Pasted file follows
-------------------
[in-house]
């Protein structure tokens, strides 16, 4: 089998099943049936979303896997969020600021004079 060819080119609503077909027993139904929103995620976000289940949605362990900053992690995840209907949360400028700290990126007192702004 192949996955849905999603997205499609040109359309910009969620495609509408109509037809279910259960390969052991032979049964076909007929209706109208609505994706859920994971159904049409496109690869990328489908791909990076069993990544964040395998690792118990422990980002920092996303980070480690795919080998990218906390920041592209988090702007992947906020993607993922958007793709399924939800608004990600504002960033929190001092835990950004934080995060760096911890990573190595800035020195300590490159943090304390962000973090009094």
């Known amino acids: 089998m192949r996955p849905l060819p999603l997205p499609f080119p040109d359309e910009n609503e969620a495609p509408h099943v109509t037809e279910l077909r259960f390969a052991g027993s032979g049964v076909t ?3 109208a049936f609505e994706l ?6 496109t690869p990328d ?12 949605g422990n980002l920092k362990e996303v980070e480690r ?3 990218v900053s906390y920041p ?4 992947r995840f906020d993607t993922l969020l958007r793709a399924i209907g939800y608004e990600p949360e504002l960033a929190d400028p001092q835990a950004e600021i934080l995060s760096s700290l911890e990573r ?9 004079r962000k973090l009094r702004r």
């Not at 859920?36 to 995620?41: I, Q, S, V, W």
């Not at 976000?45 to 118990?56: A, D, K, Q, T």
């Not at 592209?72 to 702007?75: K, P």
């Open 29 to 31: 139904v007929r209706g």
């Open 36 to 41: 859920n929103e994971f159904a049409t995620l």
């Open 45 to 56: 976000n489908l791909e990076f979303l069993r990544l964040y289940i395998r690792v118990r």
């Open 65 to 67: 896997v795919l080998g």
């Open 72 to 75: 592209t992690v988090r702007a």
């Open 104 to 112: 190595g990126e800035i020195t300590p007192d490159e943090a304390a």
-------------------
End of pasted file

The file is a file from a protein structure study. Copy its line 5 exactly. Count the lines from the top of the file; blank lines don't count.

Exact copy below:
């Not at 976000?45 to 118990?56: A, D, K, Q, T």